Chile Introduces Bill to Protect Vulnerable Marine Ecosystems
Santiago, Chile -- With broad support from government and opposition leaders, a bill was introduced this morning to the Chilean National Congress intended to protect vulnerable marine ecosystems from trawling and other destructive fishing practices that have long-term negative impacts.
The bill is sponsored by Senators Antonio Horvath, Guido Girardi, José Antonio Gómez, Carlos Bianchi and Baldo Prokurica. The proposal includes recommendations from international organizations such as the United Nations and the Food and Agriculture Organization (FAO), who have called on countries to adopt effective measures to protect vulnerable marine ecosystems in their jurisdictional waters.
"The Chilean ocean has important vulnerable marine ecosystems that are totally exposed to the serious impacts of bottom trawling. The bill that was introduced to the Congress would ensure effective protection of these important ecosystems by limiting the most destructive fishing methods, just as the UN and FAO have vigorously recommended. We hope that Congress quickly passes the bill since some of these areas already show severe damage from the trawling that is taking place in Chile," said Alex Muñoz, executive director of Oceana South America office.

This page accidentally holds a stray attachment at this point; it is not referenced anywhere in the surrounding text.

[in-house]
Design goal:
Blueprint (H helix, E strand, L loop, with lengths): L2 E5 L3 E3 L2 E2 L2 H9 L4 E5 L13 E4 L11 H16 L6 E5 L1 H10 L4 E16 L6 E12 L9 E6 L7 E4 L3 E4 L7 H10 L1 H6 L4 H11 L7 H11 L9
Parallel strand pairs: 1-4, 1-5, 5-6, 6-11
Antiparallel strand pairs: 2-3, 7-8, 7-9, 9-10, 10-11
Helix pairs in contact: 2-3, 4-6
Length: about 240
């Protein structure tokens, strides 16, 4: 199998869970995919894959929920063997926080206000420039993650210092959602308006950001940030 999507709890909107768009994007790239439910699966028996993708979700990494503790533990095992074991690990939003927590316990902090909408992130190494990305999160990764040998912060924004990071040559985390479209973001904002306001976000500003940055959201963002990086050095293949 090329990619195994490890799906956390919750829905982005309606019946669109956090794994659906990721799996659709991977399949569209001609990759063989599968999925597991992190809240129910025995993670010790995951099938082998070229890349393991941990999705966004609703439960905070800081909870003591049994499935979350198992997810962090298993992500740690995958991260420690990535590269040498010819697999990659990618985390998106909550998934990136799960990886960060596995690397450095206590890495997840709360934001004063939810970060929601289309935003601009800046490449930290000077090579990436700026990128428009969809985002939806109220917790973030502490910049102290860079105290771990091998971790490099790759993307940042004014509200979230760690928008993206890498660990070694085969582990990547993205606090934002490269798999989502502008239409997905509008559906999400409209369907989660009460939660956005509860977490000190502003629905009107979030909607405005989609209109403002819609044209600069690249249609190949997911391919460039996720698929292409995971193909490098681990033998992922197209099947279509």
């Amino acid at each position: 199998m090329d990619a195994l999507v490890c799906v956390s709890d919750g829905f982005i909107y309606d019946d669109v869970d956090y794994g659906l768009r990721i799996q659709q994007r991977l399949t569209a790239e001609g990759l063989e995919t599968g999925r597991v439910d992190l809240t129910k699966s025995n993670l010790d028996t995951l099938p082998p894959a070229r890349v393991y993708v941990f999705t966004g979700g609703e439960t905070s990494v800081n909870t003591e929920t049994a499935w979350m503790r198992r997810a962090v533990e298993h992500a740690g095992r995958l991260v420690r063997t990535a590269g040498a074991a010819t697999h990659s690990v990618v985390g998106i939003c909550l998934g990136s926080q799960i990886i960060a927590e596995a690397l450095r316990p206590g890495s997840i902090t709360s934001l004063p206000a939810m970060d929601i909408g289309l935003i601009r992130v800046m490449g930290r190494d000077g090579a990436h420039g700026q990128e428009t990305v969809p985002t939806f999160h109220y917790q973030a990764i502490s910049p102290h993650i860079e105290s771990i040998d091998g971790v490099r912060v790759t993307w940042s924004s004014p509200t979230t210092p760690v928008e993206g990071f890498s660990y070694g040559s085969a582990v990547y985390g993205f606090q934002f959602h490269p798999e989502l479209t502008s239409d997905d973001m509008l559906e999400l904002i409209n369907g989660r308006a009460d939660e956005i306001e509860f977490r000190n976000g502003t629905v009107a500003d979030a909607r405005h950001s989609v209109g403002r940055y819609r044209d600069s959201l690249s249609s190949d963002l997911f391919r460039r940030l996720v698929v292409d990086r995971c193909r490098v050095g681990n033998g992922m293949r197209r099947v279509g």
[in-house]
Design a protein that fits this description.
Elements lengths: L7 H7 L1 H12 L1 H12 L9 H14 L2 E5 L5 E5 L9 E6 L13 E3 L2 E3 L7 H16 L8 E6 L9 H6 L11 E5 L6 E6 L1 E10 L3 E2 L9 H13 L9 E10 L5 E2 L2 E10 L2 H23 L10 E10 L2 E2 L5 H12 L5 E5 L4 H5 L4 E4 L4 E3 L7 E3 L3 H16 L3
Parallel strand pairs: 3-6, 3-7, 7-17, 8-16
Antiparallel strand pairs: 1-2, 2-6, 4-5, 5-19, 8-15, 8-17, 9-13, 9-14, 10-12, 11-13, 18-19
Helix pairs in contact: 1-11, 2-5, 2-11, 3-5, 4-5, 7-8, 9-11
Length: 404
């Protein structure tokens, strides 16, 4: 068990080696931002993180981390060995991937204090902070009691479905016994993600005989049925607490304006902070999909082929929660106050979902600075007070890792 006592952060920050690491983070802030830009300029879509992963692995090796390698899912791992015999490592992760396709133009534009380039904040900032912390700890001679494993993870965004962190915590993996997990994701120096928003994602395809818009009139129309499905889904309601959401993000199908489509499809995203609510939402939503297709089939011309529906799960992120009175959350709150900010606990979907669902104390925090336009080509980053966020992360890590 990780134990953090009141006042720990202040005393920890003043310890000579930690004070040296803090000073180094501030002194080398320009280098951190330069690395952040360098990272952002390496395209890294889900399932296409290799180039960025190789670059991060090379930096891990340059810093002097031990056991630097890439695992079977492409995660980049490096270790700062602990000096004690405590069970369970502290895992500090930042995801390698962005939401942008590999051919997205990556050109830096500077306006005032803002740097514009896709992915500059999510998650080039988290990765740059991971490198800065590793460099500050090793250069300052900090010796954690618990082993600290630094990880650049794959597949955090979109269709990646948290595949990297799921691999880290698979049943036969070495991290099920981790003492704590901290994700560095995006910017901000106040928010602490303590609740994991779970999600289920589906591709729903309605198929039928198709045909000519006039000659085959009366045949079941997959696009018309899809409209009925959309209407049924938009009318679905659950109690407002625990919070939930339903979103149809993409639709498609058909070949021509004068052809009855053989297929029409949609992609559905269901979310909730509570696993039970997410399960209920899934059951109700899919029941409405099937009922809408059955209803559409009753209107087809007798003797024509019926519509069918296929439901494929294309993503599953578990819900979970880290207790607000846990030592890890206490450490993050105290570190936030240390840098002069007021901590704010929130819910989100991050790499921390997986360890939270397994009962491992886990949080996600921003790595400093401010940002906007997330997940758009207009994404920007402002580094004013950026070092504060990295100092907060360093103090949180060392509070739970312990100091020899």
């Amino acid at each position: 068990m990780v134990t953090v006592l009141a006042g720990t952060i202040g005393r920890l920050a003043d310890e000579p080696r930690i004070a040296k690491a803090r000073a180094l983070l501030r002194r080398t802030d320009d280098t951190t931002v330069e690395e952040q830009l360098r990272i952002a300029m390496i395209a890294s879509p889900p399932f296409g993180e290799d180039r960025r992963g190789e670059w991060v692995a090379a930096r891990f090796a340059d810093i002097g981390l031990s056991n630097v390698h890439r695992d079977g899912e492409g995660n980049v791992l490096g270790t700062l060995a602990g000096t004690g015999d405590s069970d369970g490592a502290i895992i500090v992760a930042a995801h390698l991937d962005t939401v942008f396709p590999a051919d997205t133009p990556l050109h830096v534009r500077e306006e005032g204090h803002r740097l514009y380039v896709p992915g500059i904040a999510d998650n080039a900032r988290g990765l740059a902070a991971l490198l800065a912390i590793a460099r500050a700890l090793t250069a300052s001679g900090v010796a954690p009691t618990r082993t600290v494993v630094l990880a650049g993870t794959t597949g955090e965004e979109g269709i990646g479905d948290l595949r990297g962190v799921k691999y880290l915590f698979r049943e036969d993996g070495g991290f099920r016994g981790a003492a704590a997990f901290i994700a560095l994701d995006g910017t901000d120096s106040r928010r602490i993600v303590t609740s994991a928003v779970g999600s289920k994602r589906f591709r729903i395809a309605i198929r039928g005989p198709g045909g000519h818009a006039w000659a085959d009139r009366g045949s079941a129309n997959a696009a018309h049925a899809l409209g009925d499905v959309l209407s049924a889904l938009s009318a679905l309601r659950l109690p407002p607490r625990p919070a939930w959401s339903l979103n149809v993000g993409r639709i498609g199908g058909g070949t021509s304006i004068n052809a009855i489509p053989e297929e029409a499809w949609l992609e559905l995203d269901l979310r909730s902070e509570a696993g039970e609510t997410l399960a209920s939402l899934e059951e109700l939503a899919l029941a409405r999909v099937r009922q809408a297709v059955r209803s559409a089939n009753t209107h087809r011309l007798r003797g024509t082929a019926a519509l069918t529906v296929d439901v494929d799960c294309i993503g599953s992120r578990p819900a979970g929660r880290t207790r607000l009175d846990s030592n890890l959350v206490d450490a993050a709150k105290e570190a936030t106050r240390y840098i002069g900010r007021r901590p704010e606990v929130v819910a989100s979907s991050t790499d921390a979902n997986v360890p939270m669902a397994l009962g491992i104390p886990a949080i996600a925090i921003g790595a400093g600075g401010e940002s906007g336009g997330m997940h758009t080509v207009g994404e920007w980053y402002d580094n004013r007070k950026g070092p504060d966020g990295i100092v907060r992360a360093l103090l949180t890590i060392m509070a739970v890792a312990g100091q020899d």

If the bill to protect vulnerable marine ecosystems passes, the responsible government agency would be required to identify these ecosystems in order to later close them from destructive fishing activities. Bottom trawling would be prohibited in areas where seamounts exist until it can be demonstrated scientifically that fishing doesn't negatively affect them. The bill would require that 100% of the trawler fleet has scientific observers on board to collect information about the presence of vulnerable marine ecosystems. It would also allow universities, members of the artisanal and industrial fishing sectors, and civil society organizations to present evidence about the existence of these ecosystems and propose their study, identification and protection.
Chile's exclusive economic zone is home to various vulnerable marine ecosystems, including at least 118 underwater seamounts and diverse ancient coldwater coral formations. Examples include the underwater seamounts of the Juan Fernández Islands and Nazca Ridge; Salas and Gómez Islands and Easter Island. In these areas more than 40% of some groups of species are endemics -- the highest level for underwater seamounts in the world. These same places contain cold water corals that form banks or reefs as complex and long-lived as their tropical relatives.
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